A Short Story of Beginnings, Ends, & Understanding Why Fleetwood Mac’s “Save Me a Place” Is the Foundation That Holds True No Matter What

Fleetwood Mac © Norman Seeff, 1978
Fleetwood Mac © Norman Seeff, 1978
A raw and poignant track from the gargantuan Fleetwood Mac, “Save Me A Place” doesn’t just summon reflection and sorrow; it pierces the heart with pure sentimentality.
Stream: “Save Me a Place” – Fleetwood Mac

When I was four years old, my family, a few cousins, and I waltzed our way into the middle atrium of Shoppingtown Mall in Syracuse, NY, awaiting a local band consisting of a few family friends to start playing on a stage the size of a foosball table.

For some reason, we had to be there. At that early age, you can imagine the utter turmoil I was dealing with of simply standing still, attempting to distract myself from whatever the hell was about to happen. Naturally, I whined, wanted to leave, and probably considered faking a bathroom emergency, only to hopefully exit the vicinity. Suddenly, a bit of feedback hit the amps on stage. I quickly shifted my head once the first strum of the Fender Telecaster buzzed, and my ears perked up. The metallic acuity of the strings bounced around my ears for a minute, fabricating a new sense, almost feeling like a sixth in my own head, only for the band to burst out in a bluesy, eyebrow-furrowing melody that immediately focused my attention. I was tapping my feet, nodding my head, and generally grooving to the beat. Now, most of the retelling is from my father, but he said, after telling me this lengthy anecdote, that a couple walked by and said, “He’s got it.”

I never understood that statement because I always thought everyone had a similar taste or “ear” in music. Music was everywhere to me: in the car, throughout school, and even the catchy jingles we all remember from our local businesses on the television. Music was like glue, keeping everything together in a way that made sense to me, but apparently, I had an ear for it.

The first time I recognized this certain “ear” was stumbling upon Greatest Hits by Fleetwood Mac, released in 1988, and gathered no dust once I picked it up. Front to back, it holds some of the most prized Fleetwood songs out of their 35-year span as an unpredictable band, switching out members left and right, experimenting to the fullest, and honestly doing so much cocaine that it birthed my favorite album of all time, Tusk.

"Fleetwood Mac's 'Tusk' is a fever dream, but one you never want to leave."
“Fleetwood Mac’s ‘Tusk’ is a fever dream, but one you never want to leave.”

One of the most unforgettable memories was sifting through their discography, starting from 1968 and climbing the steady but janky ladder that led them to bring on Stevie Nicks (who was Lindsey Buckingham’s girlfriend at the time) and unfolding the notorious sound of Fleetwood Mac that is most recognizable today. While Rumours is a masterpiece in several categories, Tusk is, for lack of a better phrase, on a different planet. It catapulted me into a different understanding of what bands can do, change, morph, whatever you want to call it. Alongside the hits and fame the previous records did for the band, Tusk is a fever dream, but one you never want to leave. I picked this album off my uncle’s basement CD rack, you know, the ones that look so ’90s it’s trending again, and proceeded to immerse myself in the atmosphere they crafted.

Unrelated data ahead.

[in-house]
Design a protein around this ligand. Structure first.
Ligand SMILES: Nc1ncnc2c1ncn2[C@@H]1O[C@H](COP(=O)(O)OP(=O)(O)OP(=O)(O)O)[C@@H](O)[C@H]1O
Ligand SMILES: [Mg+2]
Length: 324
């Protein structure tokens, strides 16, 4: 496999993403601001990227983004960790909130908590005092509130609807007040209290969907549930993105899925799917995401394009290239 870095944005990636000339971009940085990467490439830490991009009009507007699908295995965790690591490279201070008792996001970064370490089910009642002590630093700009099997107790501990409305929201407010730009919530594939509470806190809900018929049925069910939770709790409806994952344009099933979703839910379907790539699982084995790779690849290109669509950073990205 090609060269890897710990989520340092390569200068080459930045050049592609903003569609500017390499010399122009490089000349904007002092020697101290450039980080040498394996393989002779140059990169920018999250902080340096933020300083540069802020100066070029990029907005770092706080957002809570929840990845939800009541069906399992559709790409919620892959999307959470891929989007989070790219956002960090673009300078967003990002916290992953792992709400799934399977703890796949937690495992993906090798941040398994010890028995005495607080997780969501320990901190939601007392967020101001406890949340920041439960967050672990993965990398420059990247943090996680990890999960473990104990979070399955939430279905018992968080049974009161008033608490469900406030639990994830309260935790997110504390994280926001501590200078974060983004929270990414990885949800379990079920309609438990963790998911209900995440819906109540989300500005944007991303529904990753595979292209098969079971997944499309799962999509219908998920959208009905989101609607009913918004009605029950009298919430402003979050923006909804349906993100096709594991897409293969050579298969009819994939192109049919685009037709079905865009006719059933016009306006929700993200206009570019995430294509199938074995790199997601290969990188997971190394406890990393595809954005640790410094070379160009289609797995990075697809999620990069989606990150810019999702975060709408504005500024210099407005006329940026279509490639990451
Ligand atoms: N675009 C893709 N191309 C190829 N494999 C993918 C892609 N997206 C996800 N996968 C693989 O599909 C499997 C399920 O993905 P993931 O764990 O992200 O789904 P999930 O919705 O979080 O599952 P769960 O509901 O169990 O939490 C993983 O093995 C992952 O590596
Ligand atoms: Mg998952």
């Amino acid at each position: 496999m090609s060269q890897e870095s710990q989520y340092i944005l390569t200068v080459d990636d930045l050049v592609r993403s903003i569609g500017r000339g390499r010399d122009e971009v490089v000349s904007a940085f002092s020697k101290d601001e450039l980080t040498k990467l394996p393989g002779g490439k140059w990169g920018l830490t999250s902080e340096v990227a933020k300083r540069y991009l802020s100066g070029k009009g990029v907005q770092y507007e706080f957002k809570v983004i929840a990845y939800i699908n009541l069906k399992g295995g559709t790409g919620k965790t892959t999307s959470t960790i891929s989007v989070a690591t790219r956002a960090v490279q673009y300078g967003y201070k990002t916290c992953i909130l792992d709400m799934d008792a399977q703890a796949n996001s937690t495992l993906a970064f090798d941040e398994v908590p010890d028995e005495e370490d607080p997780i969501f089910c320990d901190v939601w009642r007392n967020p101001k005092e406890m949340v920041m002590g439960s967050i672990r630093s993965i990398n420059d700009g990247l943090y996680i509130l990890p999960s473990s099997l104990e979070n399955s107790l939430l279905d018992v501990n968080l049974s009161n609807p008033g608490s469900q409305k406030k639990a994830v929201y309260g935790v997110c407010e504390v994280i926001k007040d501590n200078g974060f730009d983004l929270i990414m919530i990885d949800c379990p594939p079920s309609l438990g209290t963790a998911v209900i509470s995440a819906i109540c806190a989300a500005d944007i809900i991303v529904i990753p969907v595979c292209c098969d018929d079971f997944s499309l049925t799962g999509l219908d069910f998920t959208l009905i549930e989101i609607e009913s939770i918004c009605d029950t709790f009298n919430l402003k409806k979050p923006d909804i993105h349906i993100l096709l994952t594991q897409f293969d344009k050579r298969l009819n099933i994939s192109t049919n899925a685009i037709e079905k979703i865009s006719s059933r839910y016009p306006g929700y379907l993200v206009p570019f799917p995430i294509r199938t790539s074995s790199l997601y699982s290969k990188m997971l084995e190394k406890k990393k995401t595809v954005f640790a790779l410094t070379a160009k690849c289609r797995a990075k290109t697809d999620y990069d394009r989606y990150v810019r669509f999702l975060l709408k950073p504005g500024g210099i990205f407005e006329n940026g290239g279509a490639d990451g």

Of course, songs like “Sara,” “Not That Funny,” or “Angel” are the standouts on the album, or at least the ones that get the most radio play. Still, one song truly resonated with me to the point that I made sure everyone within my vicinity experienced it: “Save Me A Place.”

Fleetwood Mac © Norman Seeff, 1978
Fleetwood Mac © Norman Seeff, 1978

As someone who considers themselves a “hard lover,” this track has been the pinnacle of growth throughout my life.

In 2017, I dropped everything, quit my job, and moved to the West Coast within 24 hours – and I did not tell a soul.

This was not part of the plan, shocking my best friends, my family, and fellow acquaintances; nobody, including myself, knew what was happening. Without sounding incredibly sappy, it was one of the most challenging decisions I have ever made. I started a new life, sleeping on a futon in my sister’s studio apartment for months, struggling to find a way to establish myself because I refused to go back to the “city” I grew up in. It’s LA; I thought music would lead me through all the troubles, but wholeheartedly, I needed to feel free; I craved the hustle and bustle, the opportunities.

While trying to become established, there was a rock the size of Mars in my stomach that kept tumbling, and the thoughts repeated of “How could I abandon my best friends,” “My family must be pissed,” etc. Eventually, everyone accepted the fact that I was not built for a small town – not without pushback, of course – and that was why I needed to leave. They understood.

“Save Me A Place” solidified itself into a sort of anthem for me when my best friends and former co-workers came around, reinforcing my decisions and letting me know that no matter what happens, I still have a home. It may not be precisely why Lindsey Buckingham, the famed guitarist for the band, wrote it, but it widely represents the emotion of feeling loss and expecting yearning for those who support you to be there for the long run, no matter how far you travel.

I’ll come running, if you love me today.

“Save Me A Place” is true in its own title. Please save me a place, just in case I want to come around again. I’ll be back, maybe not permanently, but save me a seat just in case I want to stay a bit longer.

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Stream: “Save Me a Place” – Fleetwood Mac

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"Fleetwood Mac's 'Tusk' is a fever dream, but one you never want to leave."

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